Springtime is a great time to get outside, get more active, and get in shape. But what about your cat? If she seems to be packing on some weight, it might be time to make some changes. Ignoring the problem could result in a shorter lifespan or health problems such as diabetes, diminished immune function, and digestive problems.

Here’s how to tell if your cat is overweight, along with a complete spring training course to help her get fit again.

Is My Cat Overweight?

Maintaining a healthy weight is one of the most important concerns when it comes to your cat’s health. Factors like diet and exercise in the right amounts can help keep your cat at an ideal weight. Here are 3 simple ways to tell if her diet needs adjusting:

  • Rib Check: Place both of your thumbs on your cat’s backbone and spread both hands across her rib cage. You want to be able to feel your cat’s ribs. Actually feeling your cat is important, as the coat of many cats will make a visual check difficult.
  • Profile Check: Examine your cat’s profile. It’s best if you are level with her body. Ideally, the abdomen will be tucked up behind the rib cage.
  • Overhead Check: Looking at your cat from overhead, identify whether you can see a waist behind her ribs. Most cats at a healthy weight should have a visible waist.

Healthy Cat Weight Diagram

Complete Spring Training For Overweight Cats

If you notice any sudden changes in your cat's body weight or the following tips don't help your cat lose weight, be sure to visit a veterinarian to see if other health issues may be causing the problem.

Adjust Your Cat’s Diet

If you find that your cat doesn’t “pass” the checks above, she may be overweight. Healthy weight loss for your cat starts with diet and daily exercise. Here are some tips you can use to help your cat reach her ideal weight:

  • Cut out all table scraps that your family may be feeding your cat. Not only are table scraps not nutritionally complete and balanced, but they can contribute to weight gain, and some human foods are harmful or even deadly to cats. Remind guests and family members not to feed your cat table scraps, and explain the reasons why — if they understand the dangers, they will be more likely to follow your lead.
  • Don't just fill your pet's bowl with food. Read the recommended serving amount on the package and measure the food to be sure you're feeding a proper amount. Remember: feed to maintain your pet's ideal body condition.
  • Limit the treats you're feeding your cat. These are often excess calories eaten on top of an already fully balanced diet. Excess treats may also make your cat lose her appetite for nutritionally balanced food. Remember that the caloric intake from treats should not exceed 10% of a cat’s total daily caloric requirement. If you give your cat treats, tie them to activities — as rewards and inspiration for play and exercise.
  • Make sure your cat’s food is appropriate for her life stage. If in doubt, ask your veterinarian. If you have an adult cat, you can also try one of our wet or dry weight management formulas.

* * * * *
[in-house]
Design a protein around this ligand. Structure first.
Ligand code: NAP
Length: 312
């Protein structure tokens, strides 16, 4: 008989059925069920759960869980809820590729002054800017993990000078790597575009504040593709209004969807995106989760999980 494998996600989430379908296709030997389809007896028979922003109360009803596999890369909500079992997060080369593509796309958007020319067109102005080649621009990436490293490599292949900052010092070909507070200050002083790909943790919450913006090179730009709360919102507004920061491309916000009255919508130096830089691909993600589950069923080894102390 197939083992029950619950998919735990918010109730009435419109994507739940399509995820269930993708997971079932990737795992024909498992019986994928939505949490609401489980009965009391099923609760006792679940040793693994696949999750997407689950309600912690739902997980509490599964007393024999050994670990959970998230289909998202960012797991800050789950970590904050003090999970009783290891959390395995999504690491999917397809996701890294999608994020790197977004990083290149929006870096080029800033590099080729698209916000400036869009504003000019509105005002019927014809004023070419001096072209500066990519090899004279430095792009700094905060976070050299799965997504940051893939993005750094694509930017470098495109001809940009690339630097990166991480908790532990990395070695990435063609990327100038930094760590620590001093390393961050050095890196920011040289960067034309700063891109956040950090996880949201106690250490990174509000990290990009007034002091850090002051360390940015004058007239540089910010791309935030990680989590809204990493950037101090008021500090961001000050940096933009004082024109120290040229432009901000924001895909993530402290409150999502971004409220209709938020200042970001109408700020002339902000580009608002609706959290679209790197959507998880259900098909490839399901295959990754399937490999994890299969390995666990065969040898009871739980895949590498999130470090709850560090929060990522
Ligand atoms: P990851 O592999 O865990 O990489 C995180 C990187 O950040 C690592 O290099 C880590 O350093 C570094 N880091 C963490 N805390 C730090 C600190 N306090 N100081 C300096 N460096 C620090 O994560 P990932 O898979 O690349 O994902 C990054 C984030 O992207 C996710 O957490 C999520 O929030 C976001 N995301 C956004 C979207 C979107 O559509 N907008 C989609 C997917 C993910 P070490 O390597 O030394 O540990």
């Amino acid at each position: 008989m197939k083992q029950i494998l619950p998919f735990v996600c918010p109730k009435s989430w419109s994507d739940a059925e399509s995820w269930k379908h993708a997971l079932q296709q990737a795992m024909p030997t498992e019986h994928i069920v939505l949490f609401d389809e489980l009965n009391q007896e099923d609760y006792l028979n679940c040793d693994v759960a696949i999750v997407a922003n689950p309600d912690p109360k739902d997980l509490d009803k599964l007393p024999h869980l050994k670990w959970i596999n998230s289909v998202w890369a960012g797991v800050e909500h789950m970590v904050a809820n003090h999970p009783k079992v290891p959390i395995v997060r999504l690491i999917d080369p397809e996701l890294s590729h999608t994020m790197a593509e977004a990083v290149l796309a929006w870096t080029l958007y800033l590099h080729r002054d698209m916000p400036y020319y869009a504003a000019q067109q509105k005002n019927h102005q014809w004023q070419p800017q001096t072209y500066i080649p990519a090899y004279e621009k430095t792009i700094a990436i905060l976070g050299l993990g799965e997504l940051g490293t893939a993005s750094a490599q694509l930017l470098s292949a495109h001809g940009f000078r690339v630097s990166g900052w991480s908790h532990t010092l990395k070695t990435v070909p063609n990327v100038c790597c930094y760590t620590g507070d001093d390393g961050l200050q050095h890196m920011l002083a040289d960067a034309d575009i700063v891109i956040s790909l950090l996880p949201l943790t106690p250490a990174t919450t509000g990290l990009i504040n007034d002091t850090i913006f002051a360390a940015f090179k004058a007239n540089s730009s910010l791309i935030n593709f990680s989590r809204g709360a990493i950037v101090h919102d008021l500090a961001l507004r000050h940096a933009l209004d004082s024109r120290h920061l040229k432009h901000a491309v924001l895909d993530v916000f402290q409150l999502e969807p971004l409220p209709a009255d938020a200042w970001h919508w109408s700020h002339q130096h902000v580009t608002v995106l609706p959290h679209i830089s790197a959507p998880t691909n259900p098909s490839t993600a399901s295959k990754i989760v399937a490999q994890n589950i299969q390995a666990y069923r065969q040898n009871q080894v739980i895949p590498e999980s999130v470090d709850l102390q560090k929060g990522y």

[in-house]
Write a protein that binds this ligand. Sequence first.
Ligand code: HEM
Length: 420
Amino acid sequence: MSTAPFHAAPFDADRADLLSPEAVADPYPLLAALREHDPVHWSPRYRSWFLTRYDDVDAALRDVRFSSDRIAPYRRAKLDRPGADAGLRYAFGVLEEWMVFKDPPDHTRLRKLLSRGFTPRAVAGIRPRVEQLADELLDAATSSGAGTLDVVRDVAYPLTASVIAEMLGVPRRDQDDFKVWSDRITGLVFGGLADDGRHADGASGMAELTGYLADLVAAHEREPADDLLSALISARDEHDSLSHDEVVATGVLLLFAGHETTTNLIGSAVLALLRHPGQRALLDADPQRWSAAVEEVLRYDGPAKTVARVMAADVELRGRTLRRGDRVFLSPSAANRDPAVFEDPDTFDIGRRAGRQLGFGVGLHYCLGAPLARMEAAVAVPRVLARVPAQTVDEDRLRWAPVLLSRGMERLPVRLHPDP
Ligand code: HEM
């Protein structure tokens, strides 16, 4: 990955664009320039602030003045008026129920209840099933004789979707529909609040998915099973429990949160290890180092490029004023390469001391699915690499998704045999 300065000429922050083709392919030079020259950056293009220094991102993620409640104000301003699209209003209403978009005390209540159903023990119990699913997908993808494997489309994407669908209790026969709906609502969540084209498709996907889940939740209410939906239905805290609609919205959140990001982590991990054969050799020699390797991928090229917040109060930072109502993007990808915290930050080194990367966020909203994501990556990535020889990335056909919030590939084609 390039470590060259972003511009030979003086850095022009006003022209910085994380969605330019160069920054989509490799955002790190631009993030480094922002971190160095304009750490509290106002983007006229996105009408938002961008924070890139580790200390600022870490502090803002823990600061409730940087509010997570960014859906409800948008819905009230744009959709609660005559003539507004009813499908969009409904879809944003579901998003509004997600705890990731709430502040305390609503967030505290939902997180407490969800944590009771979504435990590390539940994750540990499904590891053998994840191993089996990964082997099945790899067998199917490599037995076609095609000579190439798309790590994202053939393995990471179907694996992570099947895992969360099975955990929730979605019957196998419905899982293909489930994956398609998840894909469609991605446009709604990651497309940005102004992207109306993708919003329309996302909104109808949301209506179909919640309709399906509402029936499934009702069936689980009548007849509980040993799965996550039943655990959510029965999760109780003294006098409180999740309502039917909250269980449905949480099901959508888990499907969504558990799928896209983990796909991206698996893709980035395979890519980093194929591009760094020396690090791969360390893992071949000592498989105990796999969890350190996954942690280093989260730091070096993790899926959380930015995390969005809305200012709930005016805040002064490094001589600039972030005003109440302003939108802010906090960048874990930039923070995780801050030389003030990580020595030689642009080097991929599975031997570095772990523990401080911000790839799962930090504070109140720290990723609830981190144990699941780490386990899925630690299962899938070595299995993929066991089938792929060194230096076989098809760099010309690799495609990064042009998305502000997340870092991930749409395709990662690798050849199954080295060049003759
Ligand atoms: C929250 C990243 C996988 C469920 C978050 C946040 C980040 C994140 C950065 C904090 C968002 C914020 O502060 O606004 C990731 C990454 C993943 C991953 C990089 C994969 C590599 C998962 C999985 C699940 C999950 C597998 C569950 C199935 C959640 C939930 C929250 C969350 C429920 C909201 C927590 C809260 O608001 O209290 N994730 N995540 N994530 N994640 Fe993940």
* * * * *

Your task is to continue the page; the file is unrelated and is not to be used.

Want to make feeding time even healthier and more fun for you and your cat? Check out these great feeding tips!

Make Cat Exercise Fun

Changing your cat’s diet can go a long way to helping her lose weight, but getting more exercise is just as important. Here are some great ways to jumpstart a cat exercise regimen:

  • If you have just one cat, consider adopting a young kitten. The kitten will insist upon playing with your adult cat and will not take no for an answer. When the kitten grows up, they're likely to become buddies and will invent cat games (mostly stalk & pounce or chase) to fill their time.
  • Set aside at least 15 minutes twice each day for fun cat games that involve vigorous play. Use string, balls, toys, or whatever else gets your cat running around enthusiastically.
  • Make sure your cat has plenty of high places to climb up to and perch — a cat tree (or two!), wall shelves, bookcases, the refrigerator, etc. If you clear space in those areas, you'll be providing more opportunities for your cat to exercise even when you’re not around.
  • Place small balls (such as table tennis balls) along your cat's usual path to create spontaneous cat play. Put the balls on shelves or furniture, too, if she's allowed to play there. When your cat finds a ball, she’s likely to knock it off, causing it to bounce, which will compel her to chase it.
  • Purchase cat toys that encourage active play and exercise when you're away. A catnip-filled toy may be even more enticing.
  • If you have the time and patience, walking your cat can be an enjoyable way for both of you to exercise together. To get started, check out our complete leash training guide for cats

There's no shortage of activities to help get your cat more active and fit. Here are nine more fun ways to play with your cat. No matter what form of exercise you choose, we bet you’ll enjoy the extra time playing together as much as your cat does! After all, a healthy cat is a happy cat, and that's sure to rub off on you.